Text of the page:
Last week, 171 University of Hawaii Maui College graduates walked across the Maui Arts & Cultural Center's Castle Theater stage to receive their diplomas. The auditorium was filled with excited families and friends. So many people attended that the crowds spilled over into the McCoy Theater. Gov. Neil Abercrombie came from Honolulu to share in the celebration and offer words of advice to the new graduates. It was a happy day.
The diploma awarded to these graduates represents more than just the knowledge and skills students acquire in their majors. It represents long hours of dedication, a willingness to prioritize education with competing demands, and the discipline to keep forging ahead, even when the going gets tough. For all this work, students are justified in asking: Is it worth it?
According to a recent report by The Pew Research Center, it certainly is! A college graduate will earn, on average, $650,000 more over a 40-year work life than will a high school graduate. Those earnings are weighed against the cost of tuition and fees, as well as the salary lost during time in college. But even with those costs included, college graduates will be at least $550,000 ahead, and significantly more if they choose in-state public institutions instead of private schools or out-of-state colleges.
Of course, education is about much more than money. But it doesn't hurt to have strong incentives when tackling the parts of a college education that challenge students, such as math and English.
Many students are surprised to learn when they come to college that they are unprepared for college math. College English courses present similar challenges. Not being ready for these foundational courses can extend students' time to achieve a degree, and that costs both time and money. Many students prefer to satisfy these requirements during summer, before fall classes begin, but summer school courses typically cost more.
This year, for the first time, the university system is offering summer session courses in math and English for $88 per credit. Compared to the regular summer session self-support rate of $248 per credit, this is a tremendous savings. Three-credit courses will cost only $264 each - less than the usual per-credit cost. Summer session will offer an opportunity for students to get a better "return on investment."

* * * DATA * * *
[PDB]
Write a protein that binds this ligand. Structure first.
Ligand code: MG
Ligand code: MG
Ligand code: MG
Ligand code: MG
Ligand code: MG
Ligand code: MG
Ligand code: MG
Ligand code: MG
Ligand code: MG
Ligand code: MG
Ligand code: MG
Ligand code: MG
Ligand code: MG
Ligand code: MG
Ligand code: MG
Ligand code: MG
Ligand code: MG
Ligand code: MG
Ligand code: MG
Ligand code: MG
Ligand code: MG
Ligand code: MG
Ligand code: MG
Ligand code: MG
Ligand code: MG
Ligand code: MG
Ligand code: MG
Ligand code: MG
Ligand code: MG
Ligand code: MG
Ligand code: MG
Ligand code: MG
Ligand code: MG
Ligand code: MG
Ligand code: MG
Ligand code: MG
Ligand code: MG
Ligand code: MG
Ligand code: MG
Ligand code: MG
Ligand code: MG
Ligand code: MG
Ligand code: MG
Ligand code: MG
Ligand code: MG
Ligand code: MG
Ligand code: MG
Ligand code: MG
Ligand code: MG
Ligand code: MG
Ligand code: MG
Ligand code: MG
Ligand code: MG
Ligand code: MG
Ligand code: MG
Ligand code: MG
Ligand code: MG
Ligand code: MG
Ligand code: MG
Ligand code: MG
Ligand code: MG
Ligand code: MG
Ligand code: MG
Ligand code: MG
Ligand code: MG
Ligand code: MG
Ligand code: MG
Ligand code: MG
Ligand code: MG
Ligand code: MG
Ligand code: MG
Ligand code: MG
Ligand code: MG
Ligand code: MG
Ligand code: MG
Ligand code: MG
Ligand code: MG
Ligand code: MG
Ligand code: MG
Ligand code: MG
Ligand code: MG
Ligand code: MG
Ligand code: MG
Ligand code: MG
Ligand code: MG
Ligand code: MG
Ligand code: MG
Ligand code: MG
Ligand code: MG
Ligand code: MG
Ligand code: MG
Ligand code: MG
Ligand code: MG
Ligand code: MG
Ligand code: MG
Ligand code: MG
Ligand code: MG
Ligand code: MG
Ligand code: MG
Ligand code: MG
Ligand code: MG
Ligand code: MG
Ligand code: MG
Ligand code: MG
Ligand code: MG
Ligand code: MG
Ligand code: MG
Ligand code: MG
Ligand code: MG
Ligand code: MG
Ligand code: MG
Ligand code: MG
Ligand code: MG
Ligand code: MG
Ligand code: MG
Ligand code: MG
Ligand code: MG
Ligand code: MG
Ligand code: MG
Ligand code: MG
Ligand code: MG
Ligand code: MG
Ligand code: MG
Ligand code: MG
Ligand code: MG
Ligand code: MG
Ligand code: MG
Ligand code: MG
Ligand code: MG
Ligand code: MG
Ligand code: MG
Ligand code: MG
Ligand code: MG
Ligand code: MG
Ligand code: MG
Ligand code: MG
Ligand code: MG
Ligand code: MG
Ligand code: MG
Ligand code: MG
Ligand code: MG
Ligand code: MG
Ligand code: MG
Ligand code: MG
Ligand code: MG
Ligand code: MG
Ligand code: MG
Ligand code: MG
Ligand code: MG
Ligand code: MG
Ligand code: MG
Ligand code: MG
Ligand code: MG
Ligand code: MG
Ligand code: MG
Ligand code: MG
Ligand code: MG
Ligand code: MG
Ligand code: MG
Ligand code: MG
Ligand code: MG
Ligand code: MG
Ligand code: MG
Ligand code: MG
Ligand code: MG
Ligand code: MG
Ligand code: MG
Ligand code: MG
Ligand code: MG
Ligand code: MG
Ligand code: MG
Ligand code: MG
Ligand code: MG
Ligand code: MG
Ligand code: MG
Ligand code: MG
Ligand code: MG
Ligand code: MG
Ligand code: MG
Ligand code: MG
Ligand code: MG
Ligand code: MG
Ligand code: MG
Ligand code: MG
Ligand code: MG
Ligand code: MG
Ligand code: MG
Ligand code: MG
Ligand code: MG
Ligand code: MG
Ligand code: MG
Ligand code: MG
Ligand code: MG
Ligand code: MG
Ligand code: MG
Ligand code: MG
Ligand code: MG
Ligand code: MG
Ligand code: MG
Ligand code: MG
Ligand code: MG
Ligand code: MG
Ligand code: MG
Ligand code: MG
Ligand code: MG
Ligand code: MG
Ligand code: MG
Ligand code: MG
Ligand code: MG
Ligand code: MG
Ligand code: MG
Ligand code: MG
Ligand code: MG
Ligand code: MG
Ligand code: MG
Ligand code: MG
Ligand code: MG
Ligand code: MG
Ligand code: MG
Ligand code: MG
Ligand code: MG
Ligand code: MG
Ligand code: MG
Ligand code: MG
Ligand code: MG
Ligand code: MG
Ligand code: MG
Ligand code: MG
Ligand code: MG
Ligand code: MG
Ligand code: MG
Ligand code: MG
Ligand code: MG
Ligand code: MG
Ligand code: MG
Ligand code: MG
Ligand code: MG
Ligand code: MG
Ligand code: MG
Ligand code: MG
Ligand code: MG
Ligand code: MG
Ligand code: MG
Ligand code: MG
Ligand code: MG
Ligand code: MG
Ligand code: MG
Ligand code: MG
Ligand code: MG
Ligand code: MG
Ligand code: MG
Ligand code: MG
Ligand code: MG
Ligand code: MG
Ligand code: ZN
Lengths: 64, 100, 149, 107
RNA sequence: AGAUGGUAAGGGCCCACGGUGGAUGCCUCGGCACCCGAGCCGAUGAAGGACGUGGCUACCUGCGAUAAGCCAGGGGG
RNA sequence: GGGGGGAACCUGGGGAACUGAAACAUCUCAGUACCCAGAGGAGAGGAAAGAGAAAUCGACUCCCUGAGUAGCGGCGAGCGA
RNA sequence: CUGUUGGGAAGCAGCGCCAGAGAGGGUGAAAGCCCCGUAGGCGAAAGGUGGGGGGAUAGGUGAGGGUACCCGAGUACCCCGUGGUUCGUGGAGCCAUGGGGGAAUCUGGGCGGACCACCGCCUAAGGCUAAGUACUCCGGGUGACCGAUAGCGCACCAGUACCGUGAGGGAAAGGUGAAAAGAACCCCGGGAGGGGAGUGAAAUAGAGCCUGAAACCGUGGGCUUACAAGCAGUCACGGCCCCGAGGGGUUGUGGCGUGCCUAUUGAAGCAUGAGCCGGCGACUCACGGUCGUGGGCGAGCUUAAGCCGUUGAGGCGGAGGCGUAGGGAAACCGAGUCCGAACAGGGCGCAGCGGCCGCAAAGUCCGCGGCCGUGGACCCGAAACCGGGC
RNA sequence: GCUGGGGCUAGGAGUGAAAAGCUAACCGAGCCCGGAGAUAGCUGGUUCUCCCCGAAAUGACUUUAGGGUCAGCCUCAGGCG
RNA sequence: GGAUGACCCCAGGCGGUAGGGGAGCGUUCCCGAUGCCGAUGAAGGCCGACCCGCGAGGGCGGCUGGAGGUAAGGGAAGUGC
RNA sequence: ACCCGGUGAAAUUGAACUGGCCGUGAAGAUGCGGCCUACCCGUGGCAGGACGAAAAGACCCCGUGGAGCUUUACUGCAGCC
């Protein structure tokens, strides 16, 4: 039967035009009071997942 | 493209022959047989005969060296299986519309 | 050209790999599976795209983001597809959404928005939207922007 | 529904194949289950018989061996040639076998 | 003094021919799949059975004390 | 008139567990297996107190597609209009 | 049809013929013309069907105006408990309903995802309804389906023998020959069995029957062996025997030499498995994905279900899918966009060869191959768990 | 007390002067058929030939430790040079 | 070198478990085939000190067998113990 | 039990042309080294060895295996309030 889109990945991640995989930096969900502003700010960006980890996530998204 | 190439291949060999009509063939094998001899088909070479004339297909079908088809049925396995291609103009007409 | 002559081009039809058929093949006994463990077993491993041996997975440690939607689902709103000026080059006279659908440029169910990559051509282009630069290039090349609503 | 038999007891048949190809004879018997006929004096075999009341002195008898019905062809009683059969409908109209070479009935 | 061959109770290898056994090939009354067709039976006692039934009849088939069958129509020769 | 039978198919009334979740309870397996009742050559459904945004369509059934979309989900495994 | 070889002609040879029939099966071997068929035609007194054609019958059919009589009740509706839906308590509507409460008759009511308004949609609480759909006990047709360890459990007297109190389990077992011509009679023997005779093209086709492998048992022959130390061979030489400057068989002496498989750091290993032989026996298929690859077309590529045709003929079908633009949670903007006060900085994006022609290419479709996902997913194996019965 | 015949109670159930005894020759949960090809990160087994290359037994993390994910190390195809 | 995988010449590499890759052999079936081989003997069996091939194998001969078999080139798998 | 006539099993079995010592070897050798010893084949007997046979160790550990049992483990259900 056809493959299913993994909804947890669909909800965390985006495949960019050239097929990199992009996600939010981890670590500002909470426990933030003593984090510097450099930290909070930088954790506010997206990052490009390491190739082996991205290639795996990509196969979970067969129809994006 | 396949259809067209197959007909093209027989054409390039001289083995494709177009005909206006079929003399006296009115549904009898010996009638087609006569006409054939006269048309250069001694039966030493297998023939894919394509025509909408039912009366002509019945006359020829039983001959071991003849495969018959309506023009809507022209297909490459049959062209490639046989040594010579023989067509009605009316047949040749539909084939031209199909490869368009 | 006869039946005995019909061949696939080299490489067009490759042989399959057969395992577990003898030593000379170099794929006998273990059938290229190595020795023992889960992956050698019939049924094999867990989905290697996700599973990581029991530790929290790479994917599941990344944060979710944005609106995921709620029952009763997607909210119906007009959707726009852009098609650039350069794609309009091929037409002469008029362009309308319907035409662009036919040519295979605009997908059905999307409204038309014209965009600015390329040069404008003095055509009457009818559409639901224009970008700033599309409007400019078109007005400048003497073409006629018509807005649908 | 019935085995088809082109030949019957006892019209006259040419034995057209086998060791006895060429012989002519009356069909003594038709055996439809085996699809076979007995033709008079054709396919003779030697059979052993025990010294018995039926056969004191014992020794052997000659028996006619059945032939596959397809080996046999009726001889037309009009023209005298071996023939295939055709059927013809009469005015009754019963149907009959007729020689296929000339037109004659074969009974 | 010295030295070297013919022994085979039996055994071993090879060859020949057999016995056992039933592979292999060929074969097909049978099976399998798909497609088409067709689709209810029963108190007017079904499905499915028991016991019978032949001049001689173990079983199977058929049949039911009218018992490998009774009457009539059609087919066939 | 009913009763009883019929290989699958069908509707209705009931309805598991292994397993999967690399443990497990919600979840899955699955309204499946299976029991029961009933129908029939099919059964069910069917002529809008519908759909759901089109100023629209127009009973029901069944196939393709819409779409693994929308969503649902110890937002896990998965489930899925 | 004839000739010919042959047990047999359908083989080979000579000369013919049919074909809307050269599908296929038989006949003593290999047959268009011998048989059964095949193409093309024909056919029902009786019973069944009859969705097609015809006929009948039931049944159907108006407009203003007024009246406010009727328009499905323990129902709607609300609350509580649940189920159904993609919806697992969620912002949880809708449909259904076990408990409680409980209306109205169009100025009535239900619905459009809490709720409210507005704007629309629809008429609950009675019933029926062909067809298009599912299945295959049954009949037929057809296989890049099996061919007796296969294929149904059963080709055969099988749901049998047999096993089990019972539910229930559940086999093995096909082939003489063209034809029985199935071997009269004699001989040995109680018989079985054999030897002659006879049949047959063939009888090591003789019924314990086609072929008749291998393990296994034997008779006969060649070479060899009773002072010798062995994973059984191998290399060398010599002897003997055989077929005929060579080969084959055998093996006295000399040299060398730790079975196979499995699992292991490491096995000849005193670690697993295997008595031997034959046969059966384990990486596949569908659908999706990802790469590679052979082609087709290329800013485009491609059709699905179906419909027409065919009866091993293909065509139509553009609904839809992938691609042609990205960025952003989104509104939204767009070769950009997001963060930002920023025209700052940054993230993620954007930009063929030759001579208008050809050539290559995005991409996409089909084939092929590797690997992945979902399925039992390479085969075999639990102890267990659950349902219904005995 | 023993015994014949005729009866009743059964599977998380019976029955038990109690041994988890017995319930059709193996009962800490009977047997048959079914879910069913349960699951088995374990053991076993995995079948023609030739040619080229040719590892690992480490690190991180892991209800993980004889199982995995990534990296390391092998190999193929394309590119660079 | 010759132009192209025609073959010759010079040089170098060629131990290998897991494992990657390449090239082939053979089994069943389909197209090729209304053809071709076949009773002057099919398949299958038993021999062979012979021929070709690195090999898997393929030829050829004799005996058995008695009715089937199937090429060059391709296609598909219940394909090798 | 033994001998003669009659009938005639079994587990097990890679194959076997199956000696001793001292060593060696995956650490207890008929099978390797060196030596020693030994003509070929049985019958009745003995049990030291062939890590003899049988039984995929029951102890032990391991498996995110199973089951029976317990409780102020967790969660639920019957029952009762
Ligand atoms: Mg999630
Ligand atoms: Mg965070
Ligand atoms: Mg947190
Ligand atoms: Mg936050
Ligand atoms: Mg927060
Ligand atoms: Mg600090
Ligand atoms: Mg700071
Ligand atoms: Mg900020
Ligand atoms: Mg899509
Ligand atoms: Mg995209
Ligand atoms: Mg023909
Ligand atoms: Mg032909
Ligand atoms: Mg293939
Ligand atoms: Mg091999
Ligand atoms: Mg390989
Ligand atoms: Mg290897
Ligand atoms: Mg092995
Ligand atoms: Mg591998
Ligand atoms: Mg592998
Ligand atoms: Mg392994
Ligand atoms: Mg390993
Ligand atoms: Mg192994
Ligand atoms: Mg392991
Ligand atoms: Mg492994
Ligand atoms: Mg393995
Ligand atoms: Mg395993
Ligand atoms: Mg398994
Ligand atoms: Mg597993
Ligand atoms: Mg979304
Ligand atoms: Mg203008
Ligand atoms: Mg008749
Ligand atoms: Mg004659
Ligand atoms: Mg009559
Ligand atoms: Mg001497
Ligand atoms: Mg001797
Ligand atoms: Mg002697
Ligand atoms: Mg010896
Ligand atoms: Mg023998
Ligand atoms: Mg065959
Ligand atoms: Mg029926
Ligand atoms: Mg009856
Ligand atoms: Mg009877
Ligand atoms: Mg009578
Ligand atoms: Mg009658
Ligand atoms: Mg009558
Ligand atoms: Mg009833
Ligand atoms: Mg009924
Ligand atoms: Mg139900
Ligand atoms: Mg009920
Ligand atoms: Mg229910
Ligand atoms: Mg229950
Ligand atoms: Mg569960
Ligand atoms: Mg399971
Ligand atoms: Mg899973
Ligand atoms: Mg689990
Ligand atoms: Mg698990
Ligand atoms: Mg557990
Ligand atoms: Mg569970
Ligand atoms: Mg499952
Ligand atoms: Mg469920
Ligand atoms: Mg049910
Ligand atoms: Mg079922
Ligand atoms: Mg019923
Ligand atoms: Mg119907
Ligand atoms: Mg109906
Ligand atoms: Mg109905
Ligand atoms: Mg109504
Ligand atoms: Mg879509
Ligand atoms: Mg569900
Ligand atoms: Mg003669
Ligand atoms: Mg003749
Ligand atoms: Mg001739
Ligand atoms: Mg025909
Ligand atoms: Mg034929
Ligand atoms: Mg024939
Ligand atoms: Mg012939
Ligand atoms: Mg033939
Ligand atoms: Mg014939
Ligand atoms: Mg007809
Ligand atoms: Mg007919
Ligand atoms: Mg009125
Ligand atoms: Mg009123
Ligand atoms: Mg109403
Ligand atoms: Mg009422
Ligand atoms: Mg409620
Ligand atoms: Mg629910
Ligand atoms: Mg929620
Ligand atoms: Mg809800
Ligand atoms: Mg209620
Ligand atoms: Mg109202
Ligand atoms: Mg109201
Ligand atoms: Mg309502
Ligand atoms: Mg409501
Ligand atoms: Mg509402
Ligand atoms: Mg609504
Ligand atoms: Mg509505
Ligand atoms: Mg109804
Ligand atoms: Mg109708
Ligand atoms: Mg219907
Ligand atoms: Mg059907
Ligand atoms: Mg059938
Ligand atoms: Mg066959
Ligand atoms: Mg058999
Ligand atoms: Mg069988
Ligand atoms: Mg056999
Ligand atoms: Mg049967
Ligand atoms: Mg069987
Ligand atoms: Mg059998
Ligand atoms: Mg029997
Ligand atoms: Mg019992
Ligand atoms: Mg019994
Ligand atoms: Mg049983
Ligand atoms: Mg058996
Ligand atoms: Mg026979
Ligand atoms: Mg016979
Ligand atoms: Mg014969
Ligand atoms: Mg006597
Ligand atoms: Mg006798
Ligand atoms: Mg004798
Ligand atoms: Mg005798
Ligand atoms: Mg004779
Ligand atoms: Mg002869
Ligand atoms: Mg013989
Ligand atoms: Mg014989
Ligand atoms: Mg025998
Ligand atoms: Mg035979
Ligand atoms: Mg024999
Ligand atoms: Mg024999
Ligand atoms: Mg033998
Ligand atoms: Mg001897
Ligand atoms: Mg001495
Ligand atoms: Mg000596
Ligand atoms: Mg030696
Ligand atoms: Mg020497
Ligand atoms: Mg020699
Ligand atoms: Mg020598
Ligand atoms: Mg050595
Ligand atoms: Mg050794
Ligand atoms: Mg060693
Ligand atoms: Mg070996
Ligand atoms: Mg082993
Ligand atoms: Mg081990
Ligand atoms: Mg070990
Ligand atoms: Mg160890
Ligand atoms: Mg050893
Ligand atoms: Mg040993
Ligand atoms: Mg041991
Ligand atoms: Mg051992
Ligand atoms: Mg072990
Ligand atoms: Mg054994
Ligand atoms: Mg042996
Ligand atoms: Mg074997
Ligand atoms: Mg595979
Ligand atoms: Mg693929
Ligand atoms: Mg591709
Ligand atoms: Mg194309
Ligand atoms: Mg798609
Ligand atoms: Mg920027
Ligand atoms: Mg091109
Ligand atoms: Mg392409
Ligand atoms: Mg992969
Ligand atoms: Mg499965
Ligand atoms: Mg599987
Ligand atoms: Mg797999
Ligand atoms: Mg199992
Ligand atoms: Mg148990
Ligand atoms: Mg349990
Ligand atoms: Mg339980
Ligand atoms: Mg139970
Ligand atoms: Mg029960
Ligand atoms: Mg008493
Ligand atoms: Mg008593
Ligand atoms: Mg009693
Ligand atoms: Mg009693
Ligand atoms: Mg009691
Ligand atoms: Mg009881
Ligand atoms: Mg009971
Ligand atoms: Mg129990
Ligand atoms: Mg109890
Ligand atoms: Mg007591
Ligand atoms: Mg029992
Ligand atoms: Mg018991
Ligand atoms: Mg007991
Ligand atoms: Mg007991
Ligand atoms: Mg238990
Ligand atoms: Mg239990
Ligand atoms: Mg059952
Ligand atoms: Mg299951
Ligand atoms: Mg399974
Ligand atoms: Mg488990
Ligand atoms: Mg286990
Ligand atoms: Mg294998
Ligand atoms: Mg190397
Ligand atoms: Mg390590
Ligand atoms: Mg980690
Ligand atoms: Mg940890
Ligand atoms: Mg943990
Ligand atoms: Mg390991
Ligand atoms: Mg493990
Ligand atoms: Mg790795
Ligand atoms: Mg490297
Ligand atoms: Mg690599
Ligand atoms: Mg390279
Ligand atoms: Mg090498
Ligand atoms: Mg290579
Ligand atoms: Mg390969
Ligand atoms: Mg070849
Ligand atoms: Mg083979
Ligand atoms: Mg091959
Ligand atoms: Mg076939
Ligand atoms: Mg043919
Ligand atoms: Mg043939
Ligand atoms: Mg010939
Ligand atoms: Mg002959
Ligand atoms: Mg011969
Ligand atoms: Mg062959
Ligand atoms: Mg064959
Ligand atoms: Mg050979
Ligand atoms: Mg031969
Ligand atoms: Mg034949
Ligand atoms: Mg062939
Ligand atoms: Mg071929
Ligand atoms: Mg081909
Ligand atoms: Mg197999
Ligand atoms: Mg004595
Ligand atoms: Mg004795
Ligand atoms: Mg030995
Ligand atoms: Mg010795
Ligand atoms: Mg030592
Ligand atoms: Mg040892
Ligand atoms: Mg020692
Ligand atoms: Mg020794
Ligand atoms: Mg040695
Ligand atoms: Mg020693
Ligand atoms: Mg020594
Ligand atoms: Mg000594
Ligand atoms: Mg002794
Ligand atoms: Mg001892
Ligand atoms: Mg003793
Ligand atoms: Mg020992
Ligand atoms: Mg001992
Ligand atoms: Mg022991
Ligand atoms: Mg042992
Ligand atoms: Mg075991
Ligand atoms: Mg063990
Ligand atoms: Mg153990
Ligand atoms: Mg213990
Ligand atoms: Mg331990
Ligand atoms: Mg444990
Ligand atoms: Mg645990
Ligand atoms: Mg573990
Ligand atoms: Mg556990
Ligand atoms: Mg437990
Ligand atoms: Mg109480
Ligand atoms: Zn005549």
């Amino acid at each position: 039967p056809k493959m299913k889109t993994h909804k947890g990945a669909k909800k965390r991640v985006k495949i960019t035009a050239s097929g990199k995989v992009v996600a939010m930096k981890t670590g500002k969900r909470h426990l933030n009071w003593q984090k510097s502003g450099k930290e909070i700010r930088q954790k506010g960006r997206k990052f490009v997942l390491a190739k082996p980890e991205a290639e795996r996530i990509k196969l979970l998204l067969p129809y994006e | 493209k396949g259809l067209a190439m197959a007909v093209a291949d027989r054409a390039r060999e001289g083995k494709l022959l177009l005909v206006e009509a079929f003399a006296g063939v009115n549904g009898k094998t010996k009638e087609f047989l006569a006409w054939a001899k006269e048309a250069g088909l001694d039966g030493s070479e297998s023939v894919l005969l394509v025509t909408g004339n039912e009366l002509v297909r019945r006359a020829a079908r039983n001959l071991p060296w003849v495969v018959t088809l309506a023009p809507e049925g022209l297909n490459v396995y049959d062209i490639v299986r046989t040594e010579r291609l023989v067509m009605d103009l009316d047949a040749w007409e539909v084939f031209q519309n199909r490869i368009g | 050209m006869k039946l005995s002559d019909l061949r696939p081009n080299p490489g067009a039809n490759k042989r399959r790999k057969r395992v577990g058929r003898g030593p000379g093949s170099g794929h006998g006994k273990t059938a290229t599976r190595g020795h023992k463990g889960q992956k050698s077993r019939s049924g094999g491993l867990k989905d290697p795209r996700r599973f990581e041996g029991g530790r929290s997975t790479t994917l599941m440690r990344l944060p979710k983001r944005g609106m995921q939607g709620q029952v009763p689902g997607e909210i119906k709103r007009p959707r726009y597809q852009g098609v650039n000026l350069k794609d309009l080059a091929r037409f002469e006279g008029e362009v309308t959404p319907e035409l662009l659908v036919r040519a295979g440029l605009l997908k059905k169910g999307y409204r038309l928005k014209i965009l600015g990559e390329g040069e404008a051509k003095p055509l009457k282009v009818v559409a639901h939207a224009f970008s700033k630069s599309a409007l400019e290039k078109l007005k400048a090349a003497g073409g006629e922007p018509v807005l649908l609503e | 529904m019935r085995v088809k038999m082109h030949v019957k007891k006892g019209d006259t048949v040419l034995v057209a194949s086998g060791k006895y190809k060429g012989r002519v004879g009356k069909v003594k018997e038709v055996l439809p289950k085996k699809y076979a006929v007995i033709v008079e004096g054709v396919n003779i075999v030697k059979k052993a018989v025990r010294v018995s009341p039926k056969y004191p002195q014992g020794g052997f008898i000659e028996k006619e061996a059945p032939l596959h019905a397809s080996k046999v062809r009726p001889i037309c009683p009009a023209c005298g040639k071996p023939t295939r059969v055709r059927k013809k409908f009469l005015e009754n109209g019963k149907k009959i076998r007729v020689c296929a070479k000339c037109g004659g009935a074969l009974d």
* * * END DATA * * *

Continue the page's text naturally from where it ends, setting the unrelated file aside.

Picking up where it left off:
There is also good news for students who have "math phobia." Maui College has redesigned its math courses using a new computer-assisted program, called MyMathLab. Since implementing it, passing rates have nearly doubled, and students are completing the math requirements in half the time (a four-course sequence can now be finished in two semesters).
Instead of listening to lectures and then working on homework alone - the traditional method for learning math - students in our program work in a computer math lab with tutors and math faculty available to help. The work is self-paced, and students use video lectures, animations and e-books to learn the material. When they take a quiz, they get the results instantaneously, and they can retake a quiz until they pass or improve their scores.
Of course, the new system doesn't change the need for discipline to succeed. An average student can expect to put in about 45 hours per credit. We will still have plenty of cause to celebrate at the end of the process, but maybe these changes will make it a little easier to get there.
Summer session begins June 6. Registration is open for summer and fall classes.
Please call the Educational Opportunity Center at 984-3286 or visit us online at www.maui.hawaii.edu.
* Clyde Sakamoto is Chancellor of University of Hawaii Maui College. Ka'ana Mana'o, which means "sharing thoughts," is scheduled to appear on the fourth Sunday of each month. It is penned by UH-Maui College staff and is intended to provide the community of Maui County information about opportunities available through the college at its Kahului campus and education centers.